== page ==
How many horns does a unicorn have? It’s the kind of joke you can find while watching the British TV series IQ. Um, I hear you say–everybody knows it. Unicorns only have one horn (the track is in the name). And that’s what I used to think, but it seems we’ve all been deceived. Sometimes a unicorn can have two horns. I know, don’t I? What’s next?
I first came across the unicorn of two infamous horns when selecting the objects for the new exhibition of the British Library, Harry Potter: A History of Magic (#BLHarryPotter). The printed book illustrated below, in the show, has a diagram with 5 different species of unicorn. It was published in Paris (France) in 1694 and is the work of Pierre Pomet, a French pharmacist. In addition to realizing that you discover something new every day-it’s amazing to know that so many unicorn species have been identified-your eye is also attracted to the beast in the lower corner, your left hand. He clearly has a pair of horns. Is that cheating, sure?
In a more detailed inspection, I learned that the mysterious unicorn in question is known as a pirassoipi. Maybe we’re inclined to call him. Deepening, we learned that it was described as being as big as a mule and as furry as a bear. But our history has haunted us once. Pomet noticed that the unicorn horn was “Well used, because of the great features attributed to it, especially against poisons. ” Unicorns, in other words, were valued by their body parts. The very macabre image then, taken from a study of the Unicorn by Ambroise Parés, published in 1582, describes in the background the murder and the peeling of a pirassoipi. I was a surgeon of the French crown and had a great interest in strange phenomena (his book also contains chapters on mummies and poisons). In his comment, he admitted uncertainty if the parts of the unicorn’s body would have any medicinal efficacy.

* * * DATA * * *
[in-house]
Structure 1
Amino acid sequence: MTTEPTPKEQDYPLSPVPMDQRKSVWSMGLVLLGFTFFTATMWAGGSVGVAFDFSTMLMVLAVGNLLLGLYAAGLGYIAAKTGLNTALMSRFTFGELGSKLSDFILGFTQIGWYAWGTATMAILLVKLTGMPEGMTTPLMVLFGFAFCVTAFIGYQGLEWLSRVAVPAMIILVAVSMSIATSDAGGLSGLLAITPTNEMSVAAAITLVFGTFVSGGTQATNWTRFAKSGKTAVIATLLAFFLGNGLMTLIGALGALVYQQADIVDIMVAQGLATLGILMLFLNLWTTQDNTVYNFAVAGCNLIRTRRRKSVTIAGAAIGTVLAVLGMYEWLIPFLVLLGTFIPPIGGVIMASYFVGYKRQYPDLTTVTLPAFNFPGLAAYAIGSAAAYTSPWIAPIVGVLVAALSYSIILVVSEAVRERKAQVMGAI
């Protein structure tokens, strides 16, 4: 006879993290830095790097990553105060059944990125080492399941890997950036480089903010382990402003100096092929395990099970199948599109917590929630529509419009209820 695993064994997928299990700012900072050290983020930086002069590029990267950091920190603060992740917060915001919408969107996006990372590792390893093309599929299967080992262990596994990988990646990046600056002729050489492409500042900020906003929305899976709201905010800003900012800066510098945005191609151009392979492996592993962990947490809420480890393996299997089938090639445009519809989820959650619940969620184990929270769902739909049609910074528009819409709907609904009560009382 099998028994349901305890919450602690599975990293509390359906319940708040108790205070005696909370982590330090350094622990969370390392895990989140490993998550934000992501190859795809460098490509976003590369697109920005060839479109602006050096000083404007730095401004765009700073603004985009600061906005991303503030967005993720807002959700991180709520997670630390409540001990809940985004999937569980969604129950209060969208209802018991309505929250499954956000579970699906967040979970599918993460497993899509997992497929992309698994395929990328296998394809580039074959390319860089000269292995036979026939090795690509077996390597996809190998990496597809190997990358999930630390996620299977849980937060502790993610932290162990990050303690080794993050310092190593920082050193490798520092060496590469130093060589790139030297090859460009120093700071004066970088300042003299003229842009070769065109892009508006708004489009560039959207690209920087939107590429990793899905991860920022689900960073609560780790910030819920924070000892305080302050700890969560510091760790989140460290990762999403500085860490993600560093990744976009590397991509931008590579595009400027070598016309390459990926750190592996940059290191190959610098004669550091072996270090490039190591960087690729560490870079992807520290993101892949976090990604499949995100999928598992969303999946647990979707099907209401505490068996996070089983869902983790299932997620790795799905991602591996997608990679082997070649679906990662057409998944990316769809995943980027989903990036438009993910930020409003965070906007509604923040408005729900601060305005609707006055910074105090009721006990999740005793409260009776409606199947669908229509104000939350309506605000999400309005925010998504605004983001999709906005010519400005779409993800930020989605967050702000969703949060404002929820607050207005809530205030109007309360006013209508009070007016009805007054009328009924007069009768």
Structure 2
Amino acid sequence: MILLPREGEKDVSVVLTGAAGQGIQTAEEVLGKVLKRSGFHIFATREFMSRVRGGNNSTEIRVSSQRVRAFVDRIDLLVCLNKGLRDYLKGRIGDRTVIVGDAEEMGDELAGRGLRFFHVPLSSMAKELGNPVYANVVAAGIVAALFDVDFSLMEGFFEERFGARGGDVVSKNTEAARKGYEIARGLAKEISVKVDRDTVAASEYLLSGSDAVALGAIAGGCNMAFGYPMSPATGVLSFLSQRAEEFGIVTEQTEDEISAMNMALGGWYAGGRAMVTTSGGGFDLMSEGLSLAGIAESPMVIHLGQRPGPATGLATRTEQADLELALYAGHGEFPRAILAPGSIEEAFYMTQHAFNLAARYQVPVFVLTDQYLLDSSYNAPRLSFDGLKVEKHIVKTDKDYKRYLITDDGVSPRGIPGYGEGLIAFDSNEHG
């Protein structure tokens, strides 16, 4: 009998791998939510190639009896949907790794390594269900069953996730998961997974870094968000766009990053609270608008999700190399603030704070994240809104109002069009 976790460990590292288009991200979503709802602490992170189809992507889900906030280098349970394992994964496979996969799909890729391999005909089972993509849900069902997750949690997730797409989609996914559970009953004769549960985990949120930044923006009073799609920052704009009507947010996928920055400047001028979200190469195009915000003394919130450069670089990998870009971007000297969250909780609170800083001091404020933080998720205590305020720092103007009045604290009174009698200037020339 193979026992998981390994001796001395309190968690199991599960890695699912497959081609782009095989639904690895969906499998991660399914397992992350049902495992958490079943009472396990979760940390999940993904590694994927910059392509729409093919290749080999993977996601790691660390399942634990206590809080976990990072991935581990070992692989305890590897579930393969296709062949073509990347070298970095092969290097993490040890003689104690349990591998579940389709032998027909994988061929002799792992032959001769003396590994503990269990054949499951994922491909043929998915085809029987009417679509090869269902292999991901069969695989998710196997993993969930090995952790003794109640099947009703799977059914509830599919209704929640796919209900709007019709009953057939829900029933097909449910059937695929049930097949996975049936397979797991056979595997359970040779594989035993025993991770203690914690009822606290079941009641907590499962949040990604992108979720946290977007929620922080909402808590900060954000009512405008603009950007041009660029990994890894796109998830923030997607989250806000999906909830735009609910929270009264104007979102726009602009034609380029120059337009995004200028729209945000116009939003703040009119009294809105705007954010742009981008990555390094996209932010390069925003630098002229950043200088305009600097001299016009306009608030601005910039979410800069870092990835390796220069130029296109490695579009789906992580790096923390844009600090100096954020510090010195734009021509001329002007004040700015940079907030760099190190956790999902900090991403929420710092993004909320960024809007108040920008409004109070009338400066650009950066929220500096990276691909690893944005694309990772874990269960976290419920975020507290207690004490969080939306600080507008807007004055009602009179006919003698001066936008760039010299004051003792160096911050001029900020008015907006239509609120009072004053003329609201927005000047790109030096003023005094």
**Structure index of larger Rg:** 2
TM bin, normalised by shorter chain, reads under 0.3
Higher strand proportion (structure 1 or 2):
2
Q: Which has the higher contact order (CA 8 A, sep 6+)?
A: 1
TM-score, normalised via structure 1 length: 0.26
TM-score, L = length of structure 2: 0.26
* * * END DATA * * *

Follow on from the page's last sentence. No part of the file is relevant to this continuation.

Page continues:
Let’s take another look at the unusual unicorn illustrated at the beginning of this blogpost. It is found in a 16th century Greek manuscript that accompanies a poem by Manuel Philes called about the properties of animals. According to the poem, the Unicorn was a wild beast with a dangerous bite: it had the tail of a boar and the mouth of a lion. Clearly a-unicorn-like, right?
The unicorn is not the only animal illustrated in this manuscript. Its pages are full of drawings of herons and pelicans, a wolf and a porcupine, and even a Choco. One of my favorites is the illustration of the mythical centaur: it has a pair of extended human arms serving as front paws. The scribe of this manuscript is named as Angellos Vergekios, a Cypriot who had made his home in France, and it is said that the illustrator was his daughter. Here’s a selection of these images to whet your appetite. (A few years ago we completed the digitization of all the Greek manuscripts of the British Library thanks to the generosity of the Stavros Niarchos Foundation: The entire manuscript can be seen on our site of scanned manuscripts.) We would love you to take a look at them all and tell us your favorites